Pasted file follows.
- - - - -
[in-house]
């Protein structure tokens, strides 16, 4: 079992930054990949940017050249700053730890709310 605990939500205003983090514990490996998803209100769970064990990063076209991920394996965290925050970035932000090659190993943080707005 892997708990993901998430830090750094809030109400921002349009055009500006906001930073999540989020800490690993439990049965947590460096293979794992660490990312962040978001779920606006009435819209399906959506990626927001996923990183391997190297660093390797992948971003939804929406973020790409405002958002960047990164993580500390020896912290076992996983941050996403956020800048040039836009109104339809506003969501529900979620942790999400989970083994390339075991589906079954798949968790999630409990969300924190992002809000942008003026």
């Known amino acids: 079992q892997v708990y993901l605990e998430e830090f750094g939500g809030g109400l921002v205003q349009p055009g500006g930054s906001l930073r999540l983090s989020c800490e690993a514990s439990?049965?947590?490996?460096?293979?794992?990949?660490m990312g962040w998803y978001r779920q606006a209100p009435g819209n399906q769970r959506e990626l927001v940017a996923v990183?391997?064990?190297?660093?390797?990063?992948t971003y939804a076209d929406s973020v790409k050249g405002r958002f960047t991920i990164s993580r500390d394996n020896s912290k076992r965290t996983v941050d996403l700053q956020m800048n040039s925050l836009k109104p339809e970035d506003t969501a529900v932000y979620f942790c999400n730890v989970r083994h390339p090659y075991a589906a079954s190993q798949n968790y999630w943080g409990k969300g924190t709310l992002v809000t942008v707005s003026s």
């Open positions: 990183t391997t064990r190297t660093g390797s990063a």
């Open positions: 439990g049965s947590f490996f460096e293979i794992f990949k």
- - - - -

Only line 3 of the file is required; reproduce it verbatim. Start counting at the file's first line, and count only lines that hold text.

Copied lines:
């Known amino acids: 079992q892997v708990y993901l605990e998430e830090f750094g939500g809030g109400l921002v205003q349009p055009g500006g930054s906001l930073r999540l983090s989020c800490e690993a514990s439990?049965?947590?490996?460096?293979?794992?990949?660490m990312g962040w998803y978001r779920q606006a209100p009435g819209n399906q769970r959506e990626l927001v940017a996923v990183?391997?064990?190297?660093?390797?990063?992948t971003y939804a076209d929406s973020v790409k050249g405002r958002f960047t991920i990164s993580r500390d394996n020896s912290k076992r965290t996983v941050d996403l700053q956020m800048n040039s925050l836009k109104p339809e970035d506003t969501a529900v932000y979620f942790c999400n730890v989970r083994h390339p090659y075991a589906a079954s190993q798949n968790y999630w943080g409990k969300g924190t709310l992002v809000t942008v707005s003026s």